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    Sale 7663

    Fasque The Scottish Seat of the Gladstones

    7 May 2008, London, King Street

  • Lot 50



    Price Realised  


    With a rouge griotte marble tops, each with a frieze drawer and mirrored back, on lion monopodiae and plinth base, one stamped '*JACOB', the underside of one marble with a paper lable printed 'S & Co.' and inscribed 'Sir Thomas Gladstone B.T. 22 March 1853, No. 18'
    40½ in. (103 cm.) high; 53¾ in. (136.2 cm.) wide; 17 in. (43 cm.) deep (2)

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    This stamp was employed by Georges Jacob and François-Honoré-Georges Jacob-Desmalter between 1813-25.

    With their finely-carved lion-monopodiae supports, these console tables are characteristic of the oeuvre of the Jacob dynasty and almost certainly based on designs by Charles Percier (1764-1838) and Pierre-François-Léonard Fontaine (1762-1853) in their Recueil de Décorations Intérieures, Paris, 1801, pl. LXIV.

    Percier and Fontaine's revolutionary Empire style was swiftly adopted in England by the connoisseur Thomas Hope for his mansion museum in Duchess Street. The pattern for the Fasque tables corresponds closely to a pair in the Flaxman Room or Aurora 'Breakfast Room' of Thomas Hope's mansion/museum in Duchess Street (T. Hope, Household Furniture and Interior Decoration, 1807, pl. VII). The centrepiece of the room was Flaxman's marble group of Aurora and Cephalus and the text comments that 'the whole surrounding decoration has been rendered, in some degree, analogous to these personages, and to the face of nature at the moment when the first of the two, the goddess of the morn, is supposed to announce approaching day'.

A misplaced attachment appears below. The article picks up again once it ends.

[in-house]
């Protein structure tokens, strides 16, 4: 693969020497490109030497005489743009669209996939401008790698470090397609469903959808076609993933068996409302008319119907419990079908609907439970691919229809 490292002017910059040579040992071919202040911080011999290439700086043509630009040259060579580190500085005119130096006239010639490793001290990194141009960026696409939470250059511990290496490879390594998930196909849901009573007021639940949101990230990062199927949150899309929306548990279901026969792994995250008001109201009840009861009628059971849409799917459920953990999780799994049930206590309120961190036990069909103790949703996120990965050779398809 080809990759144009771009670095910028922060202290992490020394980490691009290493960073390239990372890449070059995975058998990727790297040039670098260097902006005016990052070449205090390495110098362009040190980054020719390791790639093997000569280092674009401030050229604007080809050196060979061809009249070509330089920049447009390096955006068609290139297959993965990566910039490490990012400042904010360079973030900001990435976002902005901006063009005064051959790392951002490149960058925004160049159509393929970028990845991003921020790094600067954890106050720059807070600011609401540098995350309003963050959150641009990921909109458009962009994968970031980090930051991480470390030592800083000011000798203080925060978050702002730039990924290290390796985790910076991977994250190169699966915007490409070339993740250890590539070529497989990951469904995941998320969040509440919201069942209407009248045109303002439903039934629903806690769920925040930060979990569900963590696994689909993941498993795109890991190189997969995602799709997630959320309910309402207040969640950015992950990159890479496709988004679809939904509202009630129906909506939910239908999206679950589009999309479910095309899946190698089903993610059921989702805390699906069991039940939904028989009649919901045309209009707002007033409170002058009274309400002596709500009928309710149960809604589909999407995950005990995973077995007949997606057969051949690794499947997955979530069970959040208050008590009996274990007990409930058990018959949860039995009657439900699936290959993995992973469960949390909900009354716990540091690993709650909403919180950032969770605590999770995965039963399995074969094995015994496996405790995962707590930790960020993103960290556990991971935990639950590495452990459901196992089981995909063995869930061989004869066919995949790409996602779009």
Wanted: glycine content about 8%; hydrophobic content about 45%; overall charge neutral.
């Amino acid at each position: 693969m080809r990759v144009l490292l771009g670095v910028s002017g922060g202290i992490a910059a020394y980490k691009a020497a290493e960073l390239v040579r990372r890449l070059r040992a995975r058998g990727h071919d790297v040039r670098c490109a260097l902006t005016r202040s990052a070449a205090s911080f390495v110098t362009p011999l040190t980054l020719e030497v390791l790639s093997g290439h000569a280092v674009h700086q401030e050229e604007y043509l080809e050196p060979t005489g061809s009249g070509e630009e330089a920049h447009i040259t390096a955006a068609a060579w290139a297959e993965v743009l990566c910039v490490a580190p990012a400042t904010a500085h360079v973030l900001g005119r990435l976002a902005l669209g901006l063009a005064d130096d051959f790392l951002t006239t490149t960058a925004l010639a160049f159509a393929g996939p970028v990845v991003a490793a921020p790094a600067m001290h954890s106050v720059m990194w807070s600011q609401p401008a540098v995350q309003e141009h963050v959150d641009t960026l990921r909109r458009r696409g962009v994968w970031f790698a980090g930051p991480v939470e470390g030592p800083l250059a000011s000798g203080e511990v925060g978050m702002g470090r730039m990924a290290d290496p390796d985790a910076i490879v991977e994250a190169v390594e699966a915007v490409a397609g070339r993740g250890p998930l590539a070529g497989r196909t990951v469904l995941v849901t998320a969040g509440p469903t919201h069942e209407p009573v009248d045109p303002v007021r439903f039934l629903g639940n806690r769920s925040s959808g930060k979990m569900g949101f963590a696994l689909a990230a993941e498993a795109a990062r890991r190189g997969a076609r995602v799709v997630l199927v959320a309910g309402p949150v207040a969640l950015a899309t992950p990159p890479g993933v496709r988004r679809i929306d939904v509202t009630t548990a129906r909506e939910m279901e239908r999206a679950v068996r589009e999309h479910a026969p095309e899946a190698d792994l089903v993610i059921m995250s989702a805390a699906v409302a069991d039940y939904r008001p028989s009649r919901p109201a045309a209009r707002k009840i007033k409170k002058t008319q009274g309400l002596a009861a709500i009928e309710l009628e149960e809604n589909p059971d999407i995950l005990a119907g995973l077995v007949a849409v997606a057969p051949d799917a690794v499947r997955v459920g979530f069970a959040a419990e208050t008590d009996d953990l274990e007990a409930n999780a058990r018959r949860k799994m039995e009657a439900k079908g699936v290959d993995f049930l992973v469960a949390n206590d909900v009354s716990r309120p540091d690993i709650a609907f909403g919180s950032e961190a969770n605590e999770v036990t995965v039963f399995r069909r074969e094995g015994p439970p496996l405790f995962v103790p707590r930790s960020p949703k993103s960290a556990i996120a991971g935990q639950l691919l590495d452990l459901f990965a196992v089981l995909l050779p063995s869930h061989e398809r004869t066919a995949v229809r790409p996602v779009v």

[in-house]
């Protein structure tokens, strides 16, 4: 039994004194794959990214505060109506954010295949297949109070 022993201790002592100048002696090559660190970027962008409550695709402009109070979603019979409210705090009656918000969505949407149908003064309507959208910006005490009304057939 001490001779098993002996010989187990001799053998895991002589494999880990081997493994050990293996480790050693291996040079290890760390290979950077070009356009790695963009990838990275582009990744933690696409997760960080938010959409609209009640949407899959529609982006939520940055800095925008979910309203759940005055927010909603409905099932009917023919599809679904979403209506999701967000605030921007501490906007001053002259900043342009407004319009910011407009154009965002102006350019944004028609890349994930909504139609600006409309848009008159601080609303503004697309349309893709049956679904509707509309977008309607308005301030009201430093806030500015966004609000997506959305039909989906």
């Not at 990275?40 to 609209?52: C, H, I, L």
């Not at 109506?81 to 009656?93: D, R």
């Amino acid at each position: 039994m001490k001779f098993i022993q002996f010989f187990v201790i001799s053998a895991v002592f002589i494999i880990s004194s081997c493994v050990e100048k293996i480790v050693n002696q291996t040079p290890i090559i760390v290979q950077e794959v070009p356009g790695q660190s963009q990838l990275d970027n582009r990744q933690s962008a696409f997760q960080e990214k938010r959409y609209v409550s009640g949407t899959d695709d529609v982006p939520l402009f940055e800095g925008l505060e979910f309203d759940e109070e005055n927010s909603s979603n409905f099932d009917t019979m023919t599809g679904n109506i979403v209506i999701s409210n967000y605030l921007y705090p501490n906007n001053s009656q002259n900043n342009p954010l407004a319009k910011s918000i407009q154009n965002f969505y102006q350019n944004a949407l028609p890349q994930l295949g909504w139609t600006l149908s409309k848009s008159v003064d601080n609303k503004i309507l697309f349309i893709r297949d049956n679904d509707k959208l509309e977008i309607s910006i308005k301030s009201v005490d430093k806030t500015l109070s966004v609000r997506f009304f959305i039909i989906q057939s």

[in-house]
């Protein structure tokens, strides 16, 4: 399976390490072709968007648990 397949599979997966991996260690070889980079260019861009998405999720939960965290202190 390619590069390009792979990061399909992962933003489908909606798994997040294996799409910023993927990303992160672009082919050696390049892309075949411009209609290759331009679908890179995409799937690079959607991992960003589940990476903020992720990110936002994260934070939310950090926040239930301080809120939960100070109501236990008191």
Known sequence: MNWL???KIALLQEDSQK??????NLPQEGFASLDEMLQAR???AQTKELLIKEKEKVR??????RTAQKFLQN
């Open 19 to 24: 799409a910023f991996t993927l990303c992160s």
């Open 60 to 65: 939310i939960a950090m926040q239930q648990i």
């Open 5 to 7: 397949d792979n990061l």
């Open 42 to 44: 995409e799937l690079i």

The firm of Jacob-Desmalter (1803-1813), renowned for its exceptional carved furniture, finest mahogany veneers and goût précurseur was formed by the celebrated menuisier Georges Jacob (1739-1814), maître in 1765, and his son François-Honoré-Georges Jacob, dit 'Jacob-Desmalter' (1770-1841). F.-H.-G. Jacob is recorded to have used the stamp 'IACOB' from 1813 - a year before the death of Jacob père - to 1825, and it is most likely that these tables were executed under F.-H.-G. Jacob's direction.

    Interestingly, Sir John Gladstone's younger son Tom was attached to the Ambassador Lord Granville at the British Embassy in Paris in 1825 - and it is very probable that these consoles were brought back from this diplomatic mission. That Sir John and his son Thomas were prepared to acquire the finest Empire furniture from Jacob is confirmed by their purchase of a superb pair of Japanese lacquer side cabinets by Jacob D. Rue Meslée (a stamp they used between 1803-13) which were shown by Galerie Kugel, Paris at Maastricht in 2008. This lacquer pair are en suite with those acquired by Thomas, 2nd Marquess of Bath for Longleat House, Wiltshire (sold in these Rooms, 13 June 2002, lot 330) as well as a secretaire and further pair of side cabinets in the Royal Collection at Windsor Castle, which had been acquired by George IV from the Parisian dealer Benois in 1828. Could all of the lacquer suite - as well as these consoles - perhaps have been comissioned by the Imperial Garde-Meuble and sold off during the 1820s?

    Closely related console tables executed by the firm of Jacob-Desmalter are in the château de Fontainebleau, amongst which are a console table dated 1808 and featuring comparable lion-monopodiae supports (illustrated in S. Grandjean, Empire Furniture, 1800-1825, London, 1966, pl. 45) and further console tables dated 1804 (illustrated in J-P. Samoyault, Meubles entrés sour le Premier Empire, Paris, 2004, pp. 94-96.)

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    Possibly acquired by Sir John Gladstone for Seaforth House, Liverpool, while his son Tom was attached to Lord Granville at the British Embassy in Paris in 1825.